Abstract: The mineral in monomineralic glauconite pellets is an iron-rich mixed-layer illite-smectite (here called glauconite), often composed almost entirely of illite layers. The nature of the interlayering is closely analagous to that of aluminous illite smectite and varies with the proportions of the layer types: > 30 per cent smectite, randomly interstratified; 15–30 per cent smectite, allevardite-like ordering; < 15 per cent smectite, ‘IMII’ ordering.
Glauconite is analagous to aluminous illite smectite chemically as well as structurally. A good correlation has been found between the number of potassium atoms per O10(OH)2 in structural formulas calculated from the chemical analyses and the proportion of illite layers as determined by X-ray powder diffraction methods. This relationship indicates a remarkably systematic increase in the potassium content of the illite layers with an increasing proportion of illite layers. This feature and the existence of ordered interlayering at high proportions of illite layers can be explained by crystal-chemical effects of illite layers on neighboring smectite layers. Glauconite differs from aluminous illite-smectite in that glauconite contains significantly less potassium per illite layer than does aluminous illite-smectite with the same proportion of illite layers except near the pure illite composition. The strength with which the interlayer potassium is held and the ease of conversion of smectite to illite layers in glauconite may be attributed to its 1M structure and, perhaps, to its high octahedral iron content, which lead to stronger bonding of potassium by allowing a higher tilt angle of the O-H axis of hydroxyls adjacent to the potassium ion.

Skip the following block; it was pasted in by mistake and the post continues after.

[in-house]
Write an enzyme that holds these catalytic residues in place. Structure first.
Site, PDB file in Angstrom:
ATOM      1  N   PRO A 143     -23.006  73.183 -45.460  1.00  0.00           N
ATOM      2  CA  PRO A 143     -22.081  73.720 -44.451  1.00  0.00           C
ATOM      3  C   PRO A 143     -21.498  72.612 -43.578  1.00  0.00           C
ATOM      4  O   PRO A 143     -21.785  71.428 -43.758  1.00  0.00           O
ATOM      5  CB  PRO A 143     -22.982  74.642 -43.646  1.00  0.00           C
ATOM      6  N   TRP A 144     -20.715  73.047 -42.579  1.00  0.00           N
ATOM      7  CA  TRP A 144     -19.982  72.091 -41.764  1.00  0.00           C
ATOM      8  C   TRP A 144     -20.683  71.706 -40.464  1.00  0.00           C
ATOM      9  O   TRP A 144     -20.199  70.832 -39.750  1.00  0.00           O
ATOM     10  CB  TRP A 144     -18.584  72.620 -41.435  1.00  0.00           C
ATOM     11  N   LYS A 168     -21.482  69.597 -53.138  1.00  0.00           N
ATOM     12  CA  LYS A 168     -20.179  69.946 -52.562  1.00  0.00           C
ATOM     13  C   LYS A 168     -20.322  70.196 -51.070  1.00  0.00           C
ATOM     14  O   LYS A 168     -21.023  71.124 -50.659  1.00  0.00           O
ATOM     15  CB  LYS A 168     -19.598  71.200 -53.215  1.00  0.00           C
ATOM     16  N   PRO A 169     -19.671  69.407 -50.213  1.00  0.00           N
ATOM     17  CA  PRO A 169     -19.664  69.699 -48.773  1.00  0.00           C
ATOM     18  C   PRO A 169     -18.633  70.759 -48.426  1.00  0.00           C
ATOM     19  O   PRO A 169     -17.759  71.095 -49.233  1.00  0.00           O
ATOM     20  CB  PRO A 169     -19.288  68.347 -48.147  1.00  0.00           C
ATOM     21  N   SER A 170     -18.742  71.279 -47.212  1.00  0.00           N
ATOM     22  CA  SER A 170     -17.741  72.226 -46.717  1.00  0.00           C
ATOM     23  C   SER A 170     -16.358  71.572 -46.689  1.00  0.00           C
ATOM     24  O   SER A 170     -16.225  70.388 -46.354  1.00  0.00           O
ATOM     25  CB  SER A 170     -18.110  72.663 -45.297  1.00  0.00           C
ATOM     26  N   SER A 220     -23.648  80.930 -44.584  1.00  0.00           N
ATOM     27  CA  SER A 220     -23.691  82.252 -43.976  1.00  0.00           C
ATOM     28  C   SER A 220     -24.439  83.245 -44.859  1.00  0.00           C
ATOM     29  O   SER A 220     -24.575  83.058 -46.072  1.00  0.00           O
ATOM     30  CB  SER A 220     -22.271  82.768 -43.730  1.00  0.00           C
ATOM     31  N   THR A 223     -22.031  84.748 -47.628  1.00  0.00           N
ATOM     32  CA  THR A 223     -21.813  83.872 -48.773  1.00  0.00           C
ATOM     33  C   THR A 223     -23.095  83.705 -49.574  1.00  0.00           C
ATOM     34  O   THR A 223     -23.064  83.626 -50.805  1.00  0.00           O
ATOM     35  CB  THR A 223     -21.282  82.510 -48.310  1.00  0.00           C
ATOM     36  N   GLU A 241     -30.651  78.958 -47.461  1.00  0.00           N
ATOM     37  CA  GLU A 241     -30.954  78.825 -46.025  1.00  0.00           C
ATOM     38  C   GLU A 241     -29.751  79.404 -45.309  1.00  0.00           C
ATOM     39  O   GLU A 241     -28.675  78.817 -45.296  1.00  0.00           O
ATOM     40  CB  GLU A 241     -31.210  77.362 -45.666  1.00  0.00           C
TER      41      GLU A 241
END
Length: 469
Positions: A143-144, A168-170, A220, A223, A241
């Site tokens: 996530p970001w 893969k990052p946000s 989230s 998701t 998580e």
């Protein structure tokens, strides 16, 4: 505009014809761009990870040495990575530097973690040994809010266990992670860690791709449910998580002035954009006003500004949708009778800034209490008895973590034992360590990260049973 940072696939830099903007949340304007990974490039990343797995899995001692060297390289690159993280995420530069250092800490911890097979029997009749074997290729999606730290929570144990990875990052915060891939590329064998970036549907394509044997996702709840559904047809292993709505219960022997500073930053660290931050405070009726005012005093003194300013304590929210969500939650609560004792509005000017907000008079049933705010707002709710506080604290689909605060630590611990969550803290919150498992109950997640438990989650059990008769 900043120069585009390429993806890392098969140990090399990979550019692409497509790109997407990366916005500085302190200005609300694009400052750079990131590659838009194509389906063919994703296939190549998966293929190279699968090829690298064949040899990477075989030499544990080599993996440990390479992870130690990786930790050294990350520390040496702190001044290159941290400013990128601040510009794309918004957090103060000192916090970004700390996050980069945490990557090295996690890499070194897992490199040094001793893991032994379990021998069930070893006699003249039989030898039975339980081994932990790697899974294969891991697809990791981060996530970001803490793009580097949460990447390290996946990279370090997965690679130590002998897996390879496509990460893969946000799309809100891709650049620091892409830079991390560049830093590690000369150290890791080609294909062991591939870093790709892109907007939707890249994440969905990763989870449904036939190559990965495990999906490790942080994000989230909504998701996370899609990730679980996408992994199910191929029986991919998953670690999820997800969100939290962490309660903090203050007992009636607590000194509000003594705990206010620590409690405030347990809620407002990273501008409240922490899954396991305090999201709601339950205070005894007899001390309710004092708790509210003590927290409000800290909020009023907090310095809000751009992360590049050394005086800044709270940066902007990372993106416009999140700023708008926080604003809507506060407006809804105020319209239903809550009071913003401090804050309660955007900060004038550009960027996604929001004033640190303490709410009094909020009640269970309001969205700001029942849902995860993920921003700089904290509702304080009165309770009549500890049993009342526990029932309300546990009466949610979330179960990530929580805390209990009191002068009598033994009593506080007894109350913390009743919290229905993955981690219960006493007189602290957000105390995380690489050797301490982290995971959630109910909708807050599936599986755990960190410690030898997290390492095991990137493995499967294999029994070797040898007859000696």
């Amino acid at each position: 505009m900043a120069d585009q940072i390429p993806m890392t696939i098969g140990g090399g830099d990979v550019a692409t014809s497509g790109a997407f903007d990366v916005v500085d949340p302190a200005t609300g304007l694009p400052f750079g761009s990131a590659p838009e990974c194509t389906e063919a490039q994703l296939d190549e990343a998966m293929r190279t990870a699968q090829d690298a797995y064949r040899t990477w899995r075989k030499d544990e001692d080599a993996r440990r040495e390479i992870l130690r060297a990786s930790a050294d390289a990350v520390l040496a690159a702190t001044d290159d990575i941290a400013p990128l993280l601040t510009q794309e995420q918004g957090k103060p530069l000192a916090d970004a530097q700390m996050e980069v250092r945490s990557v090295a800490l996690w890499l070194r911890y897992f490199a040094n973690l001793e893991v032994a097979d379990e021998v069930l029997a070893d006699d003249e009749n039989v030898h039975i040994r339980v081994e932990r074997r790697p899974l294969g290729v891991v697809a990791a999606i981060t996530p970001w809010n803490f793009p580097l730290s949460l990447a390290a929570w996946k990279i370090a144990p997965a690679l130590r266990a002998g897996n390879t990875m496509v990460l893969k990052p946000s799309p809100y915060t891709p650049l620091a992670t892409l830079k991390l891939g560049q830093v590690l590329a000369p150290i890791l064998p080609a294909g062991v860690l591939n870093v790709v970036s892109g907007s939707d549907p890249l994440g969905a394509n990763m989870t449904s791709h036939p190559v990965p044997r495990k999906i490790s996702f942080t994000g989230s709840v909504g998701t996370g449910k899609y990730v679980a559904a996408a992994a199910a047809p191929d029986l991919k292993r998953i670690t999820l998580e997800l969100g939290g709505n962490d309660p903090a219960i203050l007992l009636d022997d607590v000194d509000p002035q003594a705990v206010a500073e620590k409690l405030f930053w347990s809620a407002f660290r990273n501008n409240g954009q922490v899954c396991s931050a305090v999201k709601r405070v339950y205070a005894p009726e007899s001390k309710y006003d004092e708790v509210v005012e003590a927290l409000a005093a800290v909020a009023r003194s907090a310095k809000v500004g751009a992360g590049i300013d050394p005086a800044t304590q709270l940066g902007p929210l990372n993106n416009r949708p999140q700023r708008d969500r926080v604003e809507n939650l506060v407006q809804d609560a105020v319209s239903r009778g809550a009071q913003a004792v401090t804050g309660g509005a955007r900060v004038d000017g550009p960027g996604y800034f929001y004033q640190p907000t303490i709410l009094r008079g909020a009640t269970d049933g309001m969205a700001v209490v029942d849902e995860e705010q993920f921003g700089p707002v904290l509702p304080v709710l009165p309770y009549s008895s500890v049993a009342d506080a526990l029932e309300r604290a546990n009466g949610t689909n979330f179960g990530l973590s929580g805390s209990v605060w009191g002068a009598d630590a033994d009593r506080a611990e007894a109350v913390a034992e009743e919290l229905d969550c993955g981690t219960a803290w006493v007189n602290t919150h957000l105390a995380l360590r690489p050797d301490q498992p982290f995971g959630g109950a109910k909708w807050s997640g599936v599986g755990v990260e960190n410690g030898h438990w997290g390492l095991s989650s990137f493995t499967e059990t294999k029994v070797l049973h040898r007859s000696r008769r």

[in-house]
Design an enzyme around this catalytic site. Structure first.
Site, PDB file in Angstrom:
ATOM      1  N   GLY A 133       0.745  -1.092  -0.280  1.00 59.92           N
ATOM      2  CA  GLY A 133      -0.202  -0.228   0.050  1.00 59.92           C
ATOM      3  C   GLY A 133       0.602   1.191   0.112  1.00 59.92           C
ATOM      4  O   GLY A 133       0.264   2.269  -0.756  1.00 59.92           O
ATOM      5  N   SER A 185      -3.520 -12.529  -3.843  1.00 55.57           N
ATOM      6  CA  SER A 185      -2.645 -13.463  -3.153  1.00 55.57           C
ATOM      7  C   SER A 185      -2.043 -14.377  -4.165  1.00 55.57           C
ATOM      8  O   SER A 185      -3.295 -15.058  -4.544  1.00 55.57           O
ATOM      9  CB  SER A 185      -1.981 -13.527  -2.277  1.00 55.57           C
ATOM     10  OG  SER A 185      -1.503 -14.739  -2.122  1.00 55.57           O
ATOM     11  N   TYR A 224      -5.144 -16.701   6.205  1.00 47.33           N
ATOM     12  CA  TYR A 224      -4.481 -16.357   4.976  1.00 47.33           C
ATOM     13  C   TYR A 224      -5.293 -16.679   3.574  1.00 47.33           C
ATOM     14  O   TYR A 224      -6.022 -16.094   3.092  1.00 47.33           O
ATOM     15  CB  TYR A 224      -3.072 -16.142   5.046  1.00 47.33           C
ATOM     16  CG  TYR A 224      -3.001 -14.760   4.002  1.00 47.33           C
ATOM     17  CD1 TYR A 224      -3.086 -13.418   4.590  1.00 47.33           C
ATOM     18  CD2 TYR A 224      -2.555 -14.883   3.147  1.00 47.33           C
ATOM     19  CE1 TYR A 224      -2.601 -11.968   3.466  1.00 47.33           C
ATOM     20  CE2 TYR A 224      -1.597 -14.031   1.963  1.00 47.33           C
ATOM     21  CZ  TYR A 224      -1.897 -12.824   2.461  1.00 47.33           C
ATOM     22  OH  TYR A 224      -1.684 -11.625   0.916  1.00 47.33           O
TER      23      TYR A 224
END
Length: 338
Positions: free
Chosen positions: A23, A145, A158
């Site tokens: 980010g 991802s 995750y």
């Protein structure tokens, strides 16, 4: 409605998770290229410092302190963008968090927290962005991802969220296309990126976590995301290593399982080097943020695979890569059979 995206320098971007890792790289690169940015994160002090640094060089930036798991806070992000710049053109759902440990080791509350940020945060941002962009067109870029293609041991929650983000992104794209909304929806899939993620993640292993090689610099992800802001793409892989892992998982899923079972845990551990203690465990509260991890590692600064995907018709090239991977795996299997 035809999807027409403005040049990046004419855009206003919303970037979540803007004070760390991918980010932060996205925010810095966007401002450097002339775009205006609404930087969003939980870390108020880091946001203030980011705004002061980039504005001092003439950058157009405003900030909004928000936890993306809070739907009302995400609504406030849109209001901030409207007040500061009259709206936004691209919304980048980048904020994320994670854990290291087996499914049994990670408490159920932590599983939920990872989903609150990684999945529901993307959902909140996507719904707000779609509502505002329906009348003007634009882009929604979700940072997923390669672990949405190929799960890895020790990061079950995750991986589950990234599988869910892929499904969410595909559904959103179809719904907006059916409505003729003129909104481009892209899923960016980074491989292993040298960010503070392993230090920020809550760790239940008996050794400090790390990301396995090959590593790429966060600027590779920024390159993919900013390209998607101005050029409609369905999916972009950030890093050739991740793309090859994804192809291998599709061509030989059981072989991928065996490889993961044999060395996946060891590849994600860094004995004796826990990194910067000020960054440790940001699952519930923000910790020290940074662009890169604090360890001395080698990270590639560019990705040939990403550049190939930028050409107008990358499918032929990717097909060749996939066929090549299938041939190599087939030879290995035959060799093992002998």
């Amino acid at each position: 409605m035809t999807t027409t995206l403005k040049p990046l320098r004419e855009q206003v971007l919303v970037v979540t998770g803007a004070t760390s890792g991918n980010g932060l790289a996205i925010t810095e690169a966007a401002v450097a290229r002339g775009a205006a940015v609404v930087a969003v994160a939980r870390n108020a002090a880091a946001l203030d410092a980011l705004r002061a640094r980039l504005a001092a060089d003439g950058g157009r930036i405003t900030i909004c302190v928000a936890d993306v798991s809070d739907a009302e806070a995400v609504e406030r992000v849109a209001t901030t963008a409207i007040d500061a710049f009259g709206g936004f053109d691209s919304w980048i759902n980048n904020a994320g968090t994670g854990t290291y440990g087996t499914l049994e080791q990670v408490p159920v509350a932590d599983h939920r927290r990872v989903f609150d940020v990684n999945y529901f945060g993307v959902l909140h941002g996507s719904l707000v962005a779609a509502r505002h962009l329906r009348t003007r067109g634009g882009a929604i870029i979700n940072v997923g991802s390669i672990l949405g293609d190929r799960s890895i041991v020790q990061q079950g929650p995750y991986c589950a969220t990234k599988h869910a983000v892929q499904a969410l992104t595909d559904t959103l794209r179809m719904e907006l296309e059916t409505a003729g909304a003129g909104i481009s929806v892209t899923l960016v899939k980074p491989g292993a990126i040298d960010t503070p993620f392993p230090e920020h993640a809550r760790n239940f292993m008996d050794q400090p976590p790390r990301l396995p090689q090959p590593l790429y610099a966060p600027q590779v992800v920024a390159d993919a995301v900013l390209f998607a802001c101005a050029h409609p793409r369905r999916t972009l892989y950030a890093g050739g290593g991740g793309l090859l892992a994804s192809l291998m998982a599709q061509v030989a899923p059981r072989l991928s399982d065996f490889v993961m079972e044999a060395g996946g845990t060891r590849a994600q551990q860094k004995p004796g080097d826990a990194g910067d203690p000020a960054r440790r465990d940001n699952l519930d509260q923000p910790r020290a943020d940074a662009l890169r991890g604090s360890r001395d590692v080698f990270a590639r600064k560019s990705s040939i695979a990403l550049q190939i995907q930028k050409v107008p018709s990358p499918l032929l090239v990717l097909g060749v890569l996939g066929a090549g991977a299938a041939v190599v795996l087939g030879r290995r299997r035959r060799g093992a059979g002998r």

The apparent octahedral cation occupancy in excess of two-thirds of the octahedral positions in many glauconites appears largely attributable to the presence of significant amounts of interlayer hydroxy-iron, aluminum and magnesium complexes in the smectite layers.